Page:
By Jeoffrey Mukubi
THE art meditation is all about the mind, and the identification of thoughts, according to meditation coach Gunther Martens.
He believes that even addictions, habits and fears fall away, when one cultivates a culture of self-awareness, through meditation.
In a world where were humans are consistently under pressure, the mind, body and spiritual ways pay the price, Martens said. However, meditation may be the solution.
Martens, who is also a communication facilitator, told Confidente that meditation makes life easy, and less complicated, through thoughts and imagination.
This also leads to a person being more loving, peaceful and joyous, as well as adventurous.
The 60-year-old was first introduced to meditation in 1993, while on a personal visit to India. The new art inspired him to stay in the Asian country.
“At the age of 32, I had my own business and lived an easy life, but I felt there was more to life than wine, women and song,” Martens said.
“While in India, I participated in different meditative therapies… I have been back home in Namibia since September 2008, having found the answers I needed. My challenge now is to let life evolve.”
Martens now holds regular morning meditation classes on Mondays, Wednesdays and Fridays in the Parliament Gardens.
He dismissed the belief that meditation is something new, before explaining that even sportsmen know the space which one accesses during meditation, which they refer to as “the zone”.
“Artists know it through singing, painting and playing music. We can know it through gardening, playing with our kids, walking on the beach or making love.
“Even as children, we may have had experiences of it. Meditation is a natural state, and one that you have almost certainly tasted, although perhaps without knowing the name of the flavour.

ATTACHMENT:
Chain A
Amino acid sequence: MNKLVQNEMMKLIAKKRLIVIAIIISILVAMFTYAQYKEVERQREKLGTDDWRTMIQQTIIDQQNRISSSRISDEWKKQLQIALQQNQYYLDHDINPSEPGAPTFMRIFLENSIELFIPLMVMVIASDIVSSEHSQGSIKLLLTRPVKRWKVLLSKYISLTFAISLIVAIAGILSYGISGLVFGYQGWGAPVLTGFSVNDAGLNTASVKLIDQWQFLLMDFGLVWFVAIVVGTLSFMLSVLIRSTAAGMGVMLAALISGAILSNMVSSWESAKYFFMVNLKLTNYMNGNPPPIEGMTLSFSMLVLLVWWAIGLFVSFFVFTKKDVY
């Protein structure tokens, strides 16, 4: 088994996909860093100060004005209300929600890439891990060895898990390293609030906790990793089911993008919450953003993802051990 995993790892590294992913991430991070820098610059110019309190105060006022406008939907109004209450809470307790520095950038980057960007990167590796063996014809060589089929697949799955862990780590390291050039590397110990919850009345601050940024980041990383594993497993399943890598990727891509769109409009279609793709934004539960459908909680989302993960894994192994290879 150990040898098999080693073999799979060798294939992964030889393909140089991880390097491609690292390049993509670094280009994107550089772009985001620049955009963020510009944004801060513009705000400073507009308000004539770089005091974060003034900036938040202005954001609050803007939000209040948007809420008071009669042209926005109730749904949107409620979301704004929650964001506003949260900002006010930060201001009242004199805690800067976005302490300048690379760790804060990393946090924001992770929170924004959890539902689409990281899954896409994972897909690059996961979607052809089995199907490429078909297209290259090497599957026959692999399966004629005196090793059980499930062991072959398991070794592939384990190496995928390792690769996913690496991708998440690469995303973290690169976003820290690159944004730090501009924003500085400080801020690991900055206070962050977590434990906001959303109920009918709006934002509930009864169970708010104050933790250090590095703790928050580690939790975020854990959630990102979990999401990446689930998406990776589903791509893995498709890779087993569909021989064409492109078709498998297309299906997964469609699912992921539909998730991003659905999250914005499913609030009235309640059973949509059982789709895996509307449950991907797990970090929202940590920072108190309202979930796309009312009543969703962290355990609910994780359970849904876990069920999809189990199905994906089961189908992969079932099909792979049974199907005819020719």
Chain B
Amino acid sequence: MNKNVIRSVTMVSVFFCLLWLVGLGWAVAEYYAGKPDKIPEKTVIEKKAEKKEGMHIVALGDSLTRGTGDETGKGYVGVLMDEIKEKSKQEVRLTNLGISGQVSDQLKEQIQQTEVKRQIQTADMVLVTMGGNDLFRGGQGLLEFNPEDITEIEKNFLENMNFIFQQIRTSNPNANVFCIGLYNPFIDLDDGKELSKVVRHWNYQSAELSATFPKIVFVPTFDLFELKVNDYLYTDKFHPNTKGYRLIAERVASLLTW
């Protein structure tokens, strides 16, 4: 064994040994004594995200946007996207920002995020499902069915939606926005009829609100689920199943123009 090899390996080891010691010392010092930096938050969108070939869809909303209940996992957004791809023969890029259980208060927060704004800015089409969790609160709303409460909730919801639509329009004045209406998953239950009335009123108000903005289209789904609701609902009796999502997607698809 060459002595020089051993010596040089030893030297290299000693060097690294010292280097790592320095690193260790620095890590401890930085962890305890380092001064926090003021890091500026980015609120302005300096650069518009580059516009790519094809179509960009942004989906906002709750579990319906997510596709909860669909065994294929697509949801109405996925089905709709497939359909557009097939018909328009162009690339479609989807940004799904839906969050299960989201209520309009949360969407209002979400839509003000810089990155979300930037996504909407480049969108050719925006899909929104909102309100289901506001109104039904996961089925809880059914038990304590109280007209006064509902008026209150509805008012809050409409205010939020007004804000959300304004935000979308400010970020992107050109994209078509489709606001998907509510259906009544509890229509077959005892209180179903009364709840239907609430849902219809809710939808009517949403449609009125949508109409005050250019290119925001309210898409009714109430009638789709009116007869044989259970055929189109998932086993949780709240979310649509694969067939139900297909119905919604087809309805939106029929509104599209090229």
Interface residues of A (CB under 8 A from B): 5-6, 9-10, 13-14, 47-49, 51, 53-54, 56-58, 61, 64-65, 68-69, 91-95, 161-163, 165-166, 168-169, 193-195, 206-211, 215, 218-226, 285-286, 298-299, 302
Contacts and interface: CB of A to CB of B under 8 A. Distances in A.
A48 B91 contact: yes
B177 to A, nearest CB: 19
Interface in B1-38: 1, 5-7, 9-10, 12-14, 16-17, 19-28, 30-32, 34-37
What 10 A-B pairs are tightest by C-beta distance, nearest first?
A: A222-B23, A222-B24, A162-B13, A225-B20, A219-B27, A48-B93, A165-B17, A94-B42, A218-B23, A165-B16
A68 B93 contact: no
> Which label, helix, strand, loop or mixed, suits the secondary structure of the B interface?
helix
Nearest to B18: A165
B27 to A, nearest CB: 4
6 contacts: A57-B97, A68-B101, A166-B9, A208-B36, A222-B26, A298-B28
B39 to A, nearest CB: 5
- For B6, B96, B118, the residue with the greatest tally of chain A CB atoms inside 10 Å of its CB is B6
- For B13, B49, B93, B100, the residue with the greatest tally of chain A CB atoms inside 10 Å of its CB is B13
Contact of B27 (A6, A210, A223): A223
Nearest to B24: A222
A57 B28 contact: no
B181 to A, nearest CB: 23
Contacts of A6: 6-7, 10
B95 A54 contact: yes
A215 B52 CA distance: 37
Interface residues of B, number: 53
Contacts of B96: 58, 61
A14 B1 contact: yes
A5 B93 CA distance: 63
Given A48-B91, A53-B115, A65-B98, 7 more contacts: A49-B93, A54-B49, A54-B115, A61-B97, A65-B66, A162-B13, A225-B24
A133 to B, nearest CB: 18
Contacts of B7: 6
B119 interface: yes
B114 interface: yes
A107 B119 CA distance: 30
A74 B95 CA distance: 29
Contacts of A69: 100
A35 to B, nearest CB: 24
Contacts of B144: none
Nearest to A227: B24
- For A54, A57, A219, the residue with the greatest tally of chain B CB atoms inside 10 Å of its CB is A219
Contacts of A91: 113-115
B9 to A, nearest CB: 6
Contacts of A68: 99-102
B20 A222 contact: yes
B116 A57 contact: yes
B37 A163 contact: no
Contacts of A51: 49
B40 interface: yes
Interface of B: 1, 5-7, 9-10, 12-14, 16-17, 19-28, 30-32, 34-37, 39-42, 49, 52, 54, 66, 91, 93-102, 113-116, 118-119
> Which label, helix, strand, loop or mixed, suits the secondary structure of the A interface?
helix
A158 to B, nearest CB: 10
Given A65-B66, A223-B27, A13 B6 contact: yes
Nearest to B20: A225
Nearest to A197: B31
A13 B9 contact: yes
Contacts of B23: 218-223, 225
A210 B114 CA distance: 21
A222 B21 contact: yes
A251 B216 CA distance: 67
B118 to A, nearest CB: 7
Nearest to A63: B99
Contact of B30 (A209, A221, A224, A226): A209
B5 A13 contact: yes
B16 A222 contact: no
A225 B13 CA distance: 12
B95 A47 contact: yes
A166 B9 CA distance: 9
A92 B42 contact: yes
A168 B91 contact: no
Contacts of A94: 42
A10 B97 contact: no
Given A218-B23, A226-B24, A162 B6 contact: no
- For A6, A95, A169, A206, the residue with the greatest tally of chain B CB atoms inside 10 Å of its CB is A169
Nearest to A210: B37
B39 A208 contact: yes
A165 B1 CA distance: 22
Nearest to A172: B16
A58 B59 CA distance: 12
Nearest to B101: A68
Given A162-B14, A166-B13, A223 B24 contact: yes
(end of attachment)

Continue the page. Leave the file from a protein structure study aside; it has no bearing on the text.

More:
“Meditation can ultimately change your life for the better, if you really put your mind to it… It has no negative side-effects.”
According to Martens, when one is drawn into meditation, it is an individual journey.
He stressed that meditation has been successfully implemented in schools, and the benefits to children is clear, as they adopt an understanding of self-awareness.
This, Martens believes, is how meditation can be the answer to Namibia’s social and mental issues, such as suicides, stress, a lack of concentration and denial. The practice is also said to benefit cardiovascular health and also boosts immunity against disease.
He also addressed the general misconception that mediation is only for those on a spiritual journey.
“The benefits of meditation are manifold; among them is the ability to relax and to be aware without effort. These are useful tools for just about everyone.”
About the perception that one can only meditate to gain peace of mind, Martens said, “Peace of mind is a contradiction in terms. By its very nature, the mind is a chronic commentator.
“What you can discover through meditation is the knack of finding the distance between yourself and the commentary.
“This is so that the mind, with its constant circus of thoughts and emotions, no longer intrudes on your inherent state of silence.”
He added that meditation is neither a mental effort nor an attempt to control the mind.
“Effort and control involve tension, and tension is antithetical to the state of meditation.”
The Qigong and Tai chi teacher is of the opinion that there is no need for one to control the mind, but the goal is simply understand it, and to know how it works.
“The meditator does not need to tame his mind to become more mindful, but rather grow their consciousness.”
Drawing a comparison between focusing and meditation, he said that the former is the narrowing of awareness, where one concentrates on an object, and is oblivious to everything else.
He said that by contrast, meditation is all-inclusive and expands the human consciousness.
“So pull out a cushion or a mat, set it up in your living room or wherever you feel comfortable, sit with your legs crossed and back straight, close your eyes, clear your mind and just breath.”
Confidente. Lifting the Lid. Copyright © 2015